New Da Vinci Code book

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More than 6.5 million copies have been printed of the highly anticipated sequel to the 2003 mega hit, as book stores around the world brace themselves for an unprecedented stampede from hungry fans.

As well as being one of the largest first print runs in publishing history, an electronic version of the novel, which took Brown five years to write, will be released on the same day.
It is also already at the top of Amazon’s best seller list.

“The Lost Symbol” features the star of the series Robert Langdon, the Harvard University professor, returning to solve another, as yet disclosed, mystery.

Experts say the latest book, to be published in Britain by Random House, is the most sought after novel since the last Harry Potter book.

Despite savage reviews, with critics including Salman Rushdie saying the books were an example of appalling writing, the series has became a worldwide phenomenon, with more than 81m copies in print.

The film, which starred Tom Hanks as Langdon, got even worse reviews but stunned critics by taking almost £500 million at the box office.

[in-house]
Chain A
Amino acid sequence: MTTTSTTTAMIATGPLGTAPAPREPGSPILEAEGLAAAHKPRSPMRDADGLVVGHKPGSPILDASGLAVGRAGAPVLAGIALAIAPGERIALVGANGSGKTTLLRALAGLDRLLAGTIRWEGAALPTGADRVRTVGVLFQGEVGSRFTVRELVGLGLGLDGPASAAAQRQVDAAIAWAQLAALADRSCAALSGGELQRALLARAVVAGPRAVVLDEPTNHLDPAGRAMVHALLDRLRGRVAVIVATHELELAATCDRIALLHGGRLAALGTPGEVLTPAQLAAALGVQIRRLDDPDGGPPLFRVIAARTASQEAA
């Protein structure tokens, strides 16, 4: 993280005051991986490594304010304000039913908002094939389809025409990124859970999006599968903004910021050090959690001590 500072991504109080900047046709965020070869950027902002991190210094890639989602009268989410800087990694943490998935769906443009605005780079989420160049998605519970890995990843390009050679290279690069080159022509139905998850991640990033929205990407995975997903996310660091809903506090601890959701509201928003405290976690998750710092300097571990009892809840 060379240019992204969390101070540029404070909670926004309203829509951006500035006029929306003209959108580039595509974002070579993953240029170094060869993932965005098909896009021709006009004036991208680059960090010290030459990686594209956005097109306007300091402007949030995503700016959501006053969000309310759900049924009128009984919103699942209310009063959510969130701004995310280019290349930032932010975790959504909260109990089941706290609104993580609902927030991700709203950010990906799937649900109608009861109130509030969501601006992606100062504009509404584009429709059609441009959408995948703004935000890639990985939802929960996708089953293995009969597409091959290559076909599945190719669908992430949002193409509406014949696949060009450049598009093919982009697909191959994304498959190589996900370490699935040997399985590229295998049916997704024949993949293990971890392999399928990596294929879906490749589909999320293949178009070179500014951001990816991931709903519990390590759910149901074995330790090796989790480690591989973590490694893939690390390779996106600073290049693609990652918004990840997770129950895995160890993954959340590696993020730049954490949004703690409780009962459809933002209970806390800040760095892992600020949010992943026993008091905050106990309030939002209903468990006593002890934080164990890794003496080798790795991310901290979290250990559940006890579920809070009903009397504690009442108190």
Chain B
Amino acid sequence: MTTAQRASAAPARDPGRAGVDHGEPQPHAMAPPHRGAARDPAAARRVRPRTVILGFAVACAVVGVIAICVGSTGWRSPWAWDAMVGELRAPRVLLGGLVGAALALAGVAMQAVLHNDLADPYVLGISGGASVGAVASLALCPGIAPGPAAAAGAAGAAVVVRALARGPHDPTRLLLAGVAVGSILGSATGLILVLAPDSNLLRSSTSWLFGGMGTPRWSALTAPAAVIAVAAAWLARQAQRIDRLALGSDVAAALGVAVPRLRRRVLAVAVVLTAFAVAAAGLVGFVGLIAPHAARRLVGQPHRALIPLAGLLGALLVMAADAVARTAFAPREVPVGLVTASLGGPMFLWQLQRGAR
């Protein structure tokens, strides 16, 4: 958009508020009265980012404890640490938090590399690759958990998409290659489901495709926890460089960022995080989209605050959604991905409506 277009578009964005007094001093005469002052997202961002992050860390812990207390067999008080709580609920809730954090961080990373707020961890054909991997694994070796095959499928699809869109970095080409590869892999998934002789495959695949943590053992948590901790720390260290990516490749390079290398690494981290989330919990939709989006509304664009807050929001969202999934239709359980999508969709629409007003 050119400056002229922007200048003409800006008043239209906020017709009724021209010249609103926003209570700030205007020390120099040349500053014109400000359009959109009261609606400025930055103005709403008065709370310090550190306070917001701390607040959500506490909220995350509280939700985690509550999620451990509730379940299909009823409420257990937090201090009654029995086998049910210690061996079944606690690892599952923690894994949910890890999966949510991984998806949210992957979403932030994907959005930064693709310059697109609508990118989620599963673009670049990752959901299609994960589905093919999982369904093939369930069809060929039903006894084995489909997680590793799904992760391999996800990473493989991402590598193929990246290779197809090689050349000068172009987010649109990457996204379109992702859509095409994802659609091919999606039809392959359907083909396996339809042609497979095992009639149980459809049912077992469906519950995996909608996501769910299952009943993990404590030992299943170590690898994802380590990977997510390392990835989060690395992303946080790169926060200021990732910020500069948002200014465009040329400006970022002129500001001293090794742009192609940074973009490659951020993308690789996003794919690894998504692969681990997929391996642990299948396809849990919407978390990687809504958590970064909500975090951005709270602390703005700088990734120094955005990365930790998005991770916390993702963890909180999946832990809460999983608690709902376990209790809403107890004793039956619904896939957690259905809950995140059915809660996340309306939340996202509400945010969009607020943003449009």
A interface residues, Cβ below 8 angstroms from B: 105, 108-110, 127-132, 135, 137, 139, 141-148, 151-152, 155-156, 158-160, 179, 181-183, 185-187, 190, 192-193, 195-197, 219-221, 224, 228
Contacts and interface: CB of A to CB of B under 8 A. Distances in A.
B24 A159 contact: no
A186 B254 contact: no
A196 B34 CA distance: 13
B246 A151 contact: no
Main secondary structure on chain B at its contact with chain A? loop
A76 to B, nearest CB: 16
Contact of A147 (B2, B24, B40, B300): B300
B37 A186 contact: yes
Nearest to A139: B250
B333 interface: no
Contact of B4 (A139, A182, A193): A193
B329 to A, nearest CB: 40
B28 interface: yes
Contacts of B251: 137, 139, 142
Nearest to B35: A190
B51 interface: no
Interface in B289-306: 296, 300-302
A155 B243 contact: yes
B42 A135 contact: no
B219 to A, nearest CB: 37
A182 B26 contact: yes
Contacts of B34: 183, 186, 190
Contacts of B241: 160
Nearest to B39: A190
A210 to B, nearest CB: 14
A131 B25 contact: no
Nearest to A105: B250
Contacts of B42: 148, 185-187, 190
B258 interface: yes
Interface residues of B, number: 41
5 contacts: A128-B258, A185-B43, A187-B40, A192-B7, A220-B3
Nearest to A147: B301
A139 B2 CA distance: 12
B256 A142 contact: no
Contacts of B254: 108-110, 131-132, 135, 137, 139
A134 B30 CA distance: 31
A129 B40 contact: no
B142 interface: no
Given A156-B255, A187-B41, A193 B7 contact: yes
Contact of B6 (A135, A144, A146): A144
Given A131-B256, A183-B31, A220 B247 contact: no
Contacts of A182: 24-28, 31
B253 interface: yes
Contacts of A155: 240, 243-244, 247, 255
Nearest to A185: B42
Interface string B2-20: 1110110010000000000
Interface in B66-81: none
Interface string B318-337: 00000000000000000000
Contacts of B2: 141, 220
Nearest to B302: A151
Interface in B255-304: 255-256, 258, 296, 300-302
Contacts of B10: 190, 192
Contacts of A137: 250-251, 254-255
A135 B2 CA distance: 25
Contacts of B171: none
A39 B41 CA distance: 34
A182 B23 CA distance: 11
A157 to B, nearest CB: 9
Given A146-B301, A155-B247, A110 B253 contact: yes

Extraordinary measures have been taken to keep the content’s under wraps, with the only detail the publishers have disclosed is that it takes place over a 12-hour period in Washington.

Guards have been posted at book warehouses across the globe, anyone who has come into contact with the book has had to sign a non-disclosure agreement and the reclusive author has not done the usual pre-launch publicity tour, bar one interview with the popular Today programme in the US.

"We have closed circuit TVs that are monitoring the books at all times in a secure area that is also guarded," said Random House spokeswoman, Jacqueline Updike.

Amazon says it is also keeping the book "under 24-hour guard in its own chain-link enclosure, with two locks requiring two separate people for entry".

The cover of the book, the third in a series featuring Langdon, shows the Capitol in Washington and a wax seal containing a double-headed phoenix, the numeral 33, and the words "ordo ae chao," Latin for "order to chaos."

The design supports rumours that Freemasons are at the heart of the story.
Beyond this, little is known about the plot as the publishers haven’t distributed advance review copies.

Fans worldwide have been speculating on Facebook and Twitter while Brown has also been dropping hints through strategic “tweets” including a photograph of a Mount Athos monastery in Greece, the American presidential seal and a bar of music marked "allegretto".

"This novel has been a strange and wonderful journey," Brown said in a message on his website.

"Weaving five years of research into the story's 12-hour timeframe was an exhilarating challenge. Robert Langdon's life clearly moves a lot faster than mine."

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